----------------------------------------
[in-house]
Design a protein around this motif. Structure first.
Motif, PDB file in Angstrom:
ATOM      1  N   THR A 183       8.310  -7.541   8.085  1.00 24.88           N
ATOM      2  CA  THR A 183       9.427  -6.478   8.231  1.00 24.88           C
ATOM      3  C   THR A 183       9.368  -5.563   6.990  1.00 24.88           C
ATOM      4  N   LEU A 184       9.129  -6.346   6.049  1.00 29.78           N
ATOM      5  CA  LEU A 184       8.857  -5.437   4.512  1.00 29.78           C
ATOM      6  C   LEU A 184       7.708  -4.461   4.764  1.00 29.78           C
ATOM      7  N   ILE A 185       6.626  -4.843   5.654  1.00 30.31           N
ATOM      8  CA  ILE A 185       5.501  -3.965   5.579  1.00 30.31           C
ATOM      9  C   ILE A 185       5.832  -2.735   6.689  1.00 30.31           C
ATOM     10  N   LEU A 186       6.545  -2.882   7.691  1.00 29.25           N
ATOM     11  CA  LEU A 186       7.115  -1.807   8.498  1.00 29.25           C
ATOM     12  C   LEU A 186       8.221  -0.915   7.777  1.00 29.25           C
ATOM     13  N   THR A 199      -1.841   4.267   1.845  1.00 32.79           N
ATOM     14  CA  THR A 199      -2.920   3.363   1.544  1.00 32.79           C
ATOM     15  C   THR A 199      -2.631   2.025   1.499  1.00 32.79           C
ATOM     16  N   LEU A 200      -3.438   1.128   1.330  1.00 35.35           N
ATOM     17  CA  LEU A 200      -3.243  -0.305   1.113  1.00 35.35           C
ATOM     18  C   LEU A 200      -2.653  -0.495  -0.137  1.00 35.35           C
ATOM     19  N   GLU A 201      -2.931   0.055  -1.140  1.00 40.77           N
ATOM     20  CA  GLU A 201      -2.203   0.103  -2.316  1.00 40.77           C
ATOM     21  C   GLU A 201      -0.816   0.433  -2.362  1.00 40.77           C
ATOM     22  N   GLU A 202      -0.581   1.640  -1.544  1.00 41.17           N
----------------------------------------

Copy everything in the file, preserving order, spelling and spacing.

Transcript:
[in-house]
Design a protein around this motif. Structure first.
Motif, PDB file in Angstrom:
ATOM      1  N   THR A 183       8.310  -7.541   8.085  1.00 24.88           N
ATOM      2  CA  THR A 183       9.427  -6.478   8.231  1.00 24.88           C
ATOM      3  C   THR A 183       9.368  -5.563   6.990  1.00 24.88           C
ATOM      4  N   LEU A 184       9.129  -6.346   6.049  1.00 29.78           N
ATOM      5  CA  LEU A 184       8.857  -5.437   4.512  1.00 29.78           C
ATOM      6  C   LEU A 184       7.708  -4.461   4.764  1.00 29.78           C
ATOM      7  N   ILE A 185       6.626  -4.843   5.654  1.00 30.31           N
ATOM      8  CA  ILE A 185       5.501  -3.965   5.579  1.00 30.31           C
ATOM      9  C   ILE A 185       5.832  -2.735   6.689  1.00 30.31           C
ATOM     10  N   LEU A 186       6.545  -2.882   7.691  1.00 29.25           N
ATOM     11  CA  LEU A 186       7.115  -1.807   8.498  1.00 29.25           C
ATOM     12  C   LEU A 186       8.221  -0.915   7.777  1.00 29.25           C
ATOM     13  N   THR A 199      -1.841   4.267   1.845  1.00 32.79           N
ATOM     14  CA  THR A 199      -2.920   3.363   1.544  1.00 32.79           C
ATOM     15  C   THR A 199      -2.631   2.025   1.499  1.00 32.79           C
ATOM     16  N   LEU A 200      -3.438   1.128   1.330  1.00 35.35           N
ATOM     17  CA  LEU A 200      -3.243  -0.305   1.113  1.00 35.35           C
ATOM     18  C   LEU A 200      -2.653  -0.495  -0.137  1.00 35.35           C
ATOM     19  N   GLU A 201      -2.931   0.055  -1.140  1.00 40.77           N
ATOM     20  CA  GLU A 201      -2.203   0.103  -2.316  1.00 40.77           C
ATOM     21  C   GLU A 201      -0.816   0.433  -2.362  1.00 40.77           C
ATOM     22  N   GLU A 202      -0.581   1.640  -1.544  1.00 41.17           N